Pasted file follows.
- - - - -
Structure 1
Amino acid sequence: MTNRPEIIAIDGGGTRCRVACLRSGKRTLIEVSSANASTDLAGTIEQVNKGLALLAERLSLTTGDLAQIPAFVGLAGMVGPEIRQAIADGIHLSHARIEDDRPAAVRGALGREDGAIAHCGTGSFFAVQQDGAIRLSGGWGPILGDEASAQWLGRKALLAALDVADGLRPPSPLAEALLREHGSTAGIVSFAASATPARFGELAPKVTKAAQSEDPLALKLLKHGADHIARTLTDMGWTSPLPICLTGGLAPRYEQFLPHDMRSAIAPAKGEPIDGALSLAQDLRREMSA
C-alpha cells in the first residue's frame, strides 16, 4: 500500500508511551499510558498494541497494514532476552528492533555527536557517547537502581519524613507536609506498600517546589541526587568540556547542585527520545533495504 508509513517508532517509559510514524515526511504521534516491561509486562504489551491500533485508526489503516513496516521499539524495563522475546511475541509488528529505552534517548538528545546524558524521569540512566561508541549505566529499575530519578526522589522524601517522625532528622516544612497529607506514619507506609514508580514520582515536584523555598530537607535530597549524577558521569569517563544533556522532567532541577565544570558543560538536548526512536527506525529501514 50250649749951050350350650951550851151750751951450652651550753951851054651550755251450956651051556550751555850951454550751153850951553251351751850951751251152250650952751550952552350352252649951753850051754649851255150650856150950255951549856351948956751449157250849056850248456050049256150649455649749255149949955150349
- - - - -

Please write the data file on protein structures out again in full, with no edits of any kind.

Structure 1
Amino acid sequence: MTNRPEIIAIDGGGTRCRVACLRSGKRTLIEVSSANASTDLAGTIEQVNKGLALLAERLSLTTGDLAQIPAFVGLAGMVGPEIRQAIADGIHLSHARIEDDRPAAVRGALGREDGAIAHCGTGSFFAVQQDGAIRLSGGWGPILGDEASAQWLGRKALLAALDVADGLRPPSPLAEALLREHGSTAGIVSFAASATPARFGELAPKVTKAAQSEDPLALKLLKHGADHIARTLTDMGWTSPLPICLTGGLAPRYEQFLPHDMRSAIAPAKGEPIDGALSLAQDLRREMSA
C-alpha cells in the first residue's frame, strides 16, 4: 500500500508511551499510558498494541497494514532476552528492533555527536557517547537502581519524613507536609506498600517546589541526587568540556547542585527520545533495504 508509513517508532517509559510514524515526511504521534516491561509486562504489551491500533485508526489503516513496516521499539524495563522475546511475541509488528529505552534517548538528545546524558524521569540512566561508541549505566529499575530519578526522589522524601517522625532528622516544612497529607506514619507506609514508580514520582515536584523555598530537607535530597549524577558521569569517563544533556522532567532541577565544570558543560538536548526512536527506525529501514 50250649749951050350350650951550851151750751951450652651550753951851054651550755251450956651051556550751555850951454550751153850951553251351751850951751251152250650952751550952552350352252649951753850051754649851255150650856150950255951549856351948956751449157250849056850248456050049256150649455649749255149949955150349